I’d like to thank the OBA board and chairperson of our association for another incredible year. They all put in such a significant amount of time and work that benefits the club, our community, beekeeping and our bees. A special thanks to Kathy Miles for making sure we have refreshments at every meeting and taking the time to haul everything in and out each meeting evening. We so very much appreciate you!!!
In 2016 we continued our relationship with the Sustainability in Prisons Project folks, offering beekeeping instruction to inmates at Cedar Creek Corrections Center. Their programs have been generating a lot of buzz nationwide and other prisons are interested in implementing similar educational programs. We also continued our relationship with the Port of Olympia and the Olympia Regional Airport with hives there. The Airbee team includes Roy Manicke, Frank Scolaro, James Martin and Bruce Longmire and they have done an outstanding job managing the airport hives. This year, we were able to harvest some honey and the Port’s share was donated to SafePlace in Olympia for their annual fundraising auction. A brief presentation on the project was given at the November 14th Port Commission meeting where the team was also introduced. This fall, the team worked with Dr. Danny Najera of Green River College, (and a frequent fabulous presenter to our association) to install a sensor on one of the hives at the airport to collect humidity, temperature and weight data over the winter. We’re very excited to be working with Danny!
In February we participated in our first-ever All-Agriculture Day in cooperation with the Washington State Beekeepers Association at the Capitol. Several associations were represented, including the OBA. A honey tasting was set up, great connections were made and the day thoroughly enjoyed along with other agriculture groups and organizations that were participating. We were also thrilled to witness Governor Jay Inslee signing HB 2478 on March 29th. This bill, which will help create bee forage pilot projects will also help landowners learn how to successfully replace noxious weeds with good bee forage.
We also installed two hives of bees at the Governor’s Mansion on the Capitol Grounds in Olympia. This exciting project allowed us to bring pollinator awareness to the grounds staff, who received a special educational presentation as well as to guests, staff and visitors to the Capitol and the mansion. I was thrilled to be able to give a brief talk on the hive installation and bees during Ed Hume and Trudi Inslee’s annual organic garden planting event at the mansion. We are looking forward to this continued collaboration in the coming year. Abundant thanks to the Mansion Bee Team that includes Duane McBride, Jeff Coleman and Mark Emrich. This story became national media news and we hope it becomes a model for other state governor’s to follow suit.
The association was also well-represented at multiple community outreach events including our first “Adult Swim-The Science of Eats” and a honey tasting at the Hands On Children’s Museum in Olympia as well as participating in their kid’s camp and other museum events. We also participated in the Nisqually Watershed Festival for the second year. We had a booth at the Thurston County Conservation District’s annual native plant sale event, brought pollinators to the Master Gardener’s Children’s Program at DirtWorks (their demonstration garden), did presentations for Kiwanis, Lions and Rotary groups, participated in Yelm Cinema’s Earth Week event, another program at the WET Science Center and even landed an interview to talk “bees” with Dick Pust on KXXO’s “It’s Your Community”.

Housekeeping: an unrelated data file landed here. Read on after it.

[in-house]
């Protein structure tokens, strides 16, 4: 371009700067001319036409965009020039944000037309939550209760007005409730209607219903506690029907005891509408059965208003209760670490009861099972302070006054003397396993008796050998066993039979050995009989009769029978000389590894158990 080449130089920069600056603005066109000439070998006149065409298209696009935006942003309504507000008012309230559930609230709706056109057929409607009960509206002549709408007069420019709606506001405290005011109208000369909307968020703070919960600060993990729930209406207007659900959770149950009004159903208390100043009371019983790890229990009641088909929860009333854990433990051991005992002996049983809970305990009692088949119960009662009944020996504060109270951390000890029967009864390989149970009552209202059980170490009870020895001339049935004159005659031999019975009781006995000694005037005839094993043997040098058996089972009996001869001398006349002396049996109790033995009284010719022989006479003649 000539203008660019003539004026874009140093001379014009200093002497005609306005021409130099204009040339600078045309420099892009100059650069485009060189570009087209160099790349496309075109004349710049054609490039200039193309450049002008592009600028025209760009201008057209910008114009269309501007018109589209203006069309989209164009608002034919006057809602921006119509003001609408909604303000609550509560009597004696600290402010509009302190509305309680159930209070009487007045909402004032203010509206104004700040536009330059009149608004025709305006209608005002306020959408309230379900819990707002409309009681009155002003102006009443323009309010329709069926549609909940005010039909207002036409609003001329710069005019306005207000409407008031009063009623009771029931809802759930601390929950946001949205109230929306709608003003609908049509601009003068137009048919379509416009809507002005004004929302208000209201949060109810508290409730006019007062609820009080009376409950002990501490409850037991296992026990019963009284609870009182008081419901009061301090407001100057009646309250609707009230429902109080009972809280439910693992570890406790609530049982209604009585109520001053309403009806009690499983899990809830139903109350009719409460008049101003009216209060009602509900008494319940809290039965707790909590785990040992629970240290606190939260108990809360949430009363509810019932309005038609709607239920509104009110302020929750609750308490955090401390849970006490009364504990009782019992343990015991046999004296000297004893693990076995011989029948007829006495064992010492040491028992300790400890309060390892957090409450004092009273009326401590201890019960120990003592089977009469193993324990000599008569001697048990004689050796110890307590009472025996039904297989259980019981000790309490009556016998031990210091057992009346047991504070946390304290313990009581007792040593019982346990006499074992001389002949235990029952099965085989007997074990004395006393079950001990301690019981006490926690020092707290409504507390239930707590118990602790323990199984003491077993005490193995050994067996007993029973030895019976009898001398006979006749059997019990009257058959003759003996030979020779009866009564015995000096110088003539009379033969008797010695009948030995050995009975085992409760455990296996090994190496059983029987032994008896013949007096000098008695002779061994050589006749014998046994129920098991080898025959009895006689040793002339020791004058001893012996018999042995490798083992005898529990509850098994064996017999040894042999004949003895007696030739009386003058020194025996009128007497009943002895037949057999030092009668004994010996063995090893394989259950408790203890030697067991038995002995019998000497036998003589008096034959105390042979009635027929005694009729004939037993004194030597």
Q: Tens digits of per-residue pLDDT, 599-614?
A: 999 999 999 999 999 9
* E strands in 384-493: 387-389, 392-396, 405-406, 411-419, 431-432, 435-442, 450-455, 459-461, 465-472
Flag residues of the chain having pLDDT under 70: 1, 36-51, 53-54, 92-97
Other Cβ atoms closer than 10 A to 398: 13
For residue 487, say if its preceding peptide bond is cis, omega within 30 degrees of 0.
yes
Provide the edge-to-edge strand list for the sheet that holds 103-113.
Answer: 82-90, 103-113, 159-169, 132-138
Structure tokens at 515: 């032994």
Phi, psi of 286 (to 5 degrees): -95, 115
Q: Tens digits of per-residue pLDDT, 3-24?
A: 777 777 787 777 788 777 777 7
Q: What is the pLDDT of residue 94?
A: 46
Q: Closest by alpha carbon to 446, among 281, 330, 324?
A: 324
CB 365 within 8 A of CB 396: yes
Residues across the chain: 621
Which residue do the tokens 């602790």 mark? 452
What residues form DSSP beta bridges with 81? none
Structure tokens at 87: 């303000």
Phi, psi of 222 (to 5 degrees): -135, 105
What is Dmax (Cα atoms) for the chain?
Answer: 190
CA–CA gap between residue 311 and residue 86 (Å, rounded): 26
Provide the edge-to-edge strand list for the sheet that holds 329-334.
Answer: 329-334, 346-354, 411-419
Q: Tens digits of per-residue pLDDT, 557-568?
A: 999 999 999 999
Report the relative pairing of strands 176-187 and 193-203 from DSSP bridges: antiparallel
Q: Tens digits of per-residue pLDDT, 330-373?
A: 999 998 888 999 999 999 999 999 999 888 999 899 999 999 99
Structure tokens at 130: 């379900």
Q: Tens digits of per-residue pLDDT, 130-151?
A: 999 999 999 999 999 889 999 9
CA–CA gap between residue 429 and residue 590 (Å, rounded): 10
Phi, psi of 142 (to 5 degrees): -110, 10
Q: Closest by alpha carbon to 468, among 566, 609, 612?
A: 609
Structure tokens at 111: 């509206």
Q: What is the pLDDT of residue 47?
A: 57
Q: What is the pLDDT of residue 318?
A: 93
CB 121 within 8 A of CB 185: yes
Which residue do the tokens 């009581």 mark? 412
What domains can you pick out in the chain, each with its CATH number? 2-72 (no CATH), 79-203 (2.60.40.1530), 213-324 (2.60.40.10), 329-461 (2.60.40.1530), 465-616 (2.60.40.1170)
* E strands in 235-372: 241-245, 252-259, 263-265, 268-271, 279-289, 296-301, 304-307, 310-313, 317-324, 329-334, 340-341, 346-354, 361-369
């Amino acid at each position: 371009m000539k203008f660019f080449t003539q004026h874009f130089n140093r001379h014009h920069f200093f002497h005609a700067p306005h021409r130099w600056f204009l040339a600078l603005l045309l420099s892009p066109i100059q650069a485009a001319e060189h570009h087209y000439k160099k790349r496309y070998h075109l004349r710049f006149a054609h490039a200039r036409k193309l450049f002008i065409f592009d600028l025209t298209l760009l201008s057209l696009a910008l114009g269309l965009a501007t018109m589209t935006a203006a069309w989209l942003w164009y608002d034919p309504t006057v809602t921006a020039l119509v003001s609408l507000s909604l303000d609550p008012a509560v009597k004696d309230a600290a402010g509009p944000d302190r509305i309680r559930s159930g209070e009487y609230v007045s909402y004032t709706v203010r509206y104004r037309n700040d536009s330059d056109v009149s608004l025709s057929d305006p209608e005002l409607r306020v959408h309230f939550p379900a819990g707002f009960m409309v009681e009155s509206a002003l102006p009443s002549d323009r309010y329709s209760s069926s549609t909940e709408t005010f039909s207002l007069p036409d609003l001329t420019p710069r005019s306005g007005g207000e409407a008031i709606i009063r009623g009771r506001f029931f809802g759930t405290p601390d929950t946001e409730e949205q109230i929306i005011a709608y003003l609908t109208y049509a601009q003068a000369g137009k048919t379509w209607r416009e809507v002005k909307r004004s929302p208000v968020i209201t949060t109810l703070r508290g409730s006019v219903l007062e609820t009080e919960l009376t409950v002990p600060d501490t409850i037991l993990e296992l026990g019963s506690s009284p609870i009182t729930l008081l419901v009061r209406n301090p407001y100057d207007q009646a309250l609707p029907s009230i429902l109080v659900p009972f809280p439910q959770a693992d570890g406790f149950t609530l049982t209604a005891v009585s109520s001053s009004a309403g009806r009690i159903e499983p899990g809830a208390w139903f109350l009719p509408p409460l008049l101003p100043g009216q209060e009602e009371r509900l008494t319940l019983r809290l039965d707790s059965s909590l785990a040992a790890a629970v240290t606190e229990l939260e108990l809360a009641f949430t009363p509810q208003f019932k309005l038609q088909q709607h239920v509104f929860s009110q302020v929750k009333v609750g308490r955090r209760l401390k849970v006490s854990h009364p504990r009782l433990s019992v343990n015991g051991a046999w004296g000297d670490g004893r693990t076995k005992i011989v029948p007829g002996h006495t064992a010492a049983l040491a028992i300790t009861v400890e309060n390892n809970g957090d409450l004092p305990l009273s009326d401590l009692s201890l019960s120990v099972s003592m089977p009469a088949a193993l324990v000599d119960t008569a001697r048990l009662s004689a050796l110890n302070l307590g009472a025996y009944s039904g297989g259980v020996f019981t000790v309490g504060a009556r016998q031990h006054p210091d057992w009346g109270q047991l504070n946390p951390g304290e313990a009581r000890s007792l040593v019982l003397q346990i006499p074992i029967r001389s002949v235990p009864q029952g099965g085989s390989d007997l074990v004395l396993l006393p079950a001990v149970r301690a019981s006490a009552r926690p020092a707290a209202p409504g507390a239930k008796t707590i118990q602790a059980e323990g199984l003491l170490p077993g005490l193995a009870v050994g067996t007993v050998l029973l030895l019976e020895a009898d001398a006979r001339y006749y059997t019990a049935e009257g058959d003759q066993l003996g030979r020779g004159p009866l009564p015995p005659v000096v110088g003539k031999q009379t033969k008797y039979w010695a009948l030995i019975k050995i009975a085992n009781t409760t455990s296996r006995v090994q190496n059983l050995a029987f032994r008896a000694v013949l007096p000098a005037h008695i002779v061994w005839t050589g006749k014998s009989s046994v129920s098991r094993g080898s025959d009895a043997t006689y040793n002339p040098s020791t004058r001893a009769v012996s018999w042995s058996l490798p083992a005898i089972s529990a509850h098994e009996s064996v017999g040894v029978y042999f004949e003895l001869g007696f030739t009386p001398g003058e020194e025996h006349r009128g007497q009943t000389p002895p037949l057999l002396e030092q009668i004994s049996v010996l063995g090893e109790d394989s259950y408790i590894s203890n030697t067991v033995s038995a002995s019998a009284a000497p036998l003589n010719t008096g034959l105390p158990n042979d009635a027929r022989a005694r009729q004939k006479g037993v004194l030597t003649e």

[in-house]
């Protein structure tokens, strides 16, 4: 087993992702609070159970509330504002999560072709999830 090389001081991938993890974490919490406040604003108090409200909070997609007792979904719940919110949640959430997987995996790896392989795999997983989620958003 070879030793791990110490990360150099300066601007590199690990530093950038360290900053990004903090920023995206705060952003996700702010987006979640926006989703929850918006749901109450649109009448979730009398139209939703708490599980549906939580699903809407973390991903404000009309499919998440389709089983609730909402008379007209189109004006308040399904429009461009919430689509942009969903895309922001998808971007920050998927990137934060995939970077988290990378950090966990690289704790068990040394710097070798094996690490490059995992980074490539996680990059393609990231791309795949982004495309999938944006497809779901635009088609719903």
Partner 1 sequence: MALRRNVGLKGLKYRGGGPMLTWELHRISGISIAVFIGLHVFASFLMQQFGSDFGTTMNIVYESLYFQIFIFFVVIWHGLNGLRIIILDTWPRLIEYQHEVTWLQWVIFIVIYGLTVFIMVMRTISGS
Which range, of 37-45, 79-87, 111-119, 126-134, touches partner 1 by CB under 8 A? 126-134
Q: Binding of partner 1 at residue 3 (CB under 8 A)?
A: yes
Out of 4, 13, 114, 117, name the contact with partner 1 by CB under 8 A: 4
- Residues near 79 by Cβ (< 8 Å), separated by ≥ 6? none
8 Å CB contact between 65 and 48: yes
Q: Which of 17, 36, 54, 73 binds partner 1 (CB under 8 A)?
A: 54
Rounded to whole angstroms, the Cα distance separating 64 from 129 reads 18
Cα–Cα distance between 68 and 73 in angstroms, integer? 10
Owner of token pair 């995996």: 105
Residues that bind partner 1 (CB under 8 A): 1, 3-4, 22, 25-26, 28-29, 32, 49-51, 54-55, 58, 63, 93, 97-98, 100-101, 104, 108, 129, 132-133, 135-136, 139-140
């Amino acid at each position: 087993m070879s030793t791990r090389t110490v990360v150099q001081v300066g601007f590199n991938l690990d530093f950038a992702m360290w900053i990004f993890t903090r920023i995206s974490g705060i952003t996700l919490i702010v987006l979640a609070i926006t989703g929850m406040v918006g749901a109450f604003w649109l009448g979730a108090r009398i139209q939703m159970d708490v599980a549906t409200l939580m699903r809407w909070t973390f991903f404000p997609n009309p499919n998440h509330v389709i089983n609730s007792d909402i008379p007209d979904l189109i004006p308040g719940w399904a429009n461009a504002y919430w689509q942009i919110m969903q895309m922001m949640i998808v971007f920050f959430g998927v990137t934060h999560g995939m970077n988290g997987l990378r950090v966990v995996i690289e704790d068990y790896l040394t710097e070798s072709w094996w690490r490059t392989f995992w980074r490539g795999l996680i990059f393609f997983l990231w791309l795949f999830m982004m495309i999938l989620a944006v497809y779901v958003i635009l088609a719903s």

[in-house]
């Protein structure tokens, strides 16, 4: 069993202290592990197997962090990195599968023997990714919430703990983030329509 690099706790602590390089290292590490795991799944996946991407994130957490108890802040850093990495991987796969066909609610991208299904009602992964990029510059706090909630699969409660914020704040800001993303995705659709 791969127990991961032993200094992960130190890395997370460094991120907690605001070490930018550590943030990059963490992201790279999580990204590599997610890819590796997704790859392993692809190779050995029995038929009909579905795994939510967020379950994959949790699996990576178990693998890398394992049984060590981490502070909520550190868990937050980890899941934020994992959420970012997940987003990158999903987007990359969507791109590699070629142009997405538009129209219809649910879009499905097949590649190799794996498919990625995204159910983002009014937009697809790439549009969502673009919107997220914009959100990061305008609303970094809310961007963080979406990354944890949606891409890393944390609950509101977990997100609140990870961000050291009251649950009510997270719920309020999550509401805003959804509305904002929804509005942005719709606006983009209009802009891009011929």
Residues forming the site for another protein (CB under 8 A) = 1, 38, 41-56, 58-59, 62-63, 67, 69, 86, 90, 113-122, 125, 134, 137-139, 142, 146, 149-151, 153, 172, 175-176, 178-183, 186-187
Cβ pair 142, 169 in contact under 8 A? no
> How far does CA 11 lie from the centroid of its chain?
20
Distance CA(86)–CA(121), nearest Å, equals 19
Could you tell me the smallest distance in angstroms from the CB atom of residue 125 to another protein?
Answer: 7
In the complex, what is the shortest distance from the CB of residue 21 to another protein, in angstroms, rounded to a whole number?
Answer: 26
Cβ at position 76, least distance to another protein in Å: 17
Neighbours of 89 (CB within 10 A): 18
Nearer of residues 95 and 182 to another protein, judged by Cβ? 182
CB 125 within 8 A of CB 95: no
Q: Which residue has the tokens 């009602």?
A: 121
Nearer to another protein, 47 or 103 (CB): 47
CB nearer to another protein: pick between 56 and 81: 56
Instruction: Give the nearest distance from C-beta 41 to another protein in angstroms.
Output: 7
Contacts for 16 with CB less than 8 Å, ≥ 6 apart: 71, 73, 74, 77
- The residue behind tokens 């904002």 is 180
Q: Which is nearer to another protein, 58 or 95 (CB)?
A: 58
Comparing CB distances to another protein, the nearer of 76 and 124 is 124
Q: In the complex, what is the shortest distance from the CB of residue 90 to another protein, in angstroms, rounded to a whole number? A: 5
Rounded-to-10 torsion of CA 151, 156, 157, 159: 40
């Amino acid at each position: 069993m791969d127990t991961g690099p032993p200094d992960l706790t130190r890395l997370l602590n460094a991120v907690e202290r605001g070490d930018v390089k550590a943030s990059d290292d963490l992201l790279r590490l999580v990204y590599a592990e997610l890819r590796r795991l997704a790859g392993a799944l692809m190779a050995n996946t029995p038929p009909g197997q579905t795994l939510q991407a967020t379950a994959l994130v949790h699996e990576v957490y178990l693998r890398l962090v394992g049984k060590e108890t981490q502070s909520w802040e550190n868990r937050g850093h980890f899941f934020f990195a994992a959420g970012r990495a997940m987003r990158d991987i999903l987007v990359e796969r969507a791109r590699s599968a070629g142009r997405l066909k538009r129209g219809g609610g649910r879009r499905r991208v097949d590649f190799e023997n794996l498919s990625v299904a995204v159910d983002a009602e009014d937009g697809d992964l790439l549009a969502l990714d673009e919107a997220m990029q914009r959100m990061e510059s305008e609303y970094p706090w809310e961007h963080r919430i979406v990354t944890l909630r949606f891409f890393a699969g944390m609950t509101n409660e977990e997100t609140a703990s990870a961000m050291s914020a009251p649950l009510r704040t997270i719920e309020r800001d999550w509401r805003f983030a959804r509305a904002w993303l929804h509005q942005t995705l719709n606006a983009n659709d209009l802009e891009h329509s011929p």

Bert Lewis is maintaining the club’s hives at our apiary in association with the Olympia Kiwanis Garden. Thank you, Bert, for all your hard work managing the hives at that location! The Kiwanis folks that run the garden (all the produce grown is donated to the local food bank) are thrilled to have the fuzzy pollinators around and we’re looking forward to the coming year with them. Huge thanks to Dixon Fellows for maintaining our observation hive bees and to Maren Anderson who helped with observation hives, too, for multiple events. Can’t do it without you guys.
Mechele Linehan took on the herculean task of package bee ordering and, once again, did a yeoman’s job of managing the details so that the club could provide a resource for folks seeking bees. Thank you, Mechele, for this and all the hard work you do for the club!
Nathan Allan took on developing the new website and we’re thrilled to have him manage the updating and evolution of our site to make it a real resource for our members and the public. Thank you, Nathan!!
Paul Longwell, now a Thurston County Fair Board member, did a remarkable job with the bee booth at the fair this year. The pollinator garden that he and his wife Penny installed is growing beautifully and is a gorgeous and important reminder of what we can do to create gardens for bees and other pollinators. Thank you Paul and Penny!! The club also received a special certificate of appreciation for the OBA’s year’s of service to the Thurston County Fair this year and we were deeply honored.
Thanks, also, to Bob Smith and Mary Haynes for continuing to provide quality education in our apprentice beekeeping classes. Learning about beekeeping is the number one reason folks come to our club, so we are very honored to have Bob lead the education department and share his vast knowledge (and enthusiasm about bees!) with attendees in the class.
Thanks, also, to Gail Booth for spearheading our swarm team. She makes sure that the swarm hotline is answered and takes of her time to connect with a team member to retrieve swarms. This can take multiple calls and we could not do it without her. You rock, Gail!
If you took on organizing an outreach event (Phil Yarosz and Perry Holtsberry!!) or participated in an outreach event, or built something and donated it or just donated something we needed, or found a way to do something better (beautiful library cart Ernie!!) please know how much you are appreciated! And, if I’ve forgotten anyone, I sincerely apologize. Please let me know and I will headline you in the next news letter after removing the egg on my face!! Board members and chairpersons, prepare to be acknowledged at the Christmas party!
We will continue to work on evolving our governance and association as well as on local and county issues pertaining to pollinators and pollinator habitat through our relationships with the County Commissioners, the Port of Olympia, the Voluntary Stewardship Program, the Thurston Economic Development Council and others and are looking forward to a new year of beekeeping, education and other fun activities this year!
Most importantly, heartfelt and huge thanks to each and every member of the Olympia Beekeepers Association. You are what makes all this happen and each of you contributes on so many levels to the overarching success and evolution of the club just by being there. From all of us at the OBA we extend our warmest wishes to you and yours for a joyous holiday season and a happy, prosperous and healthy New Year!!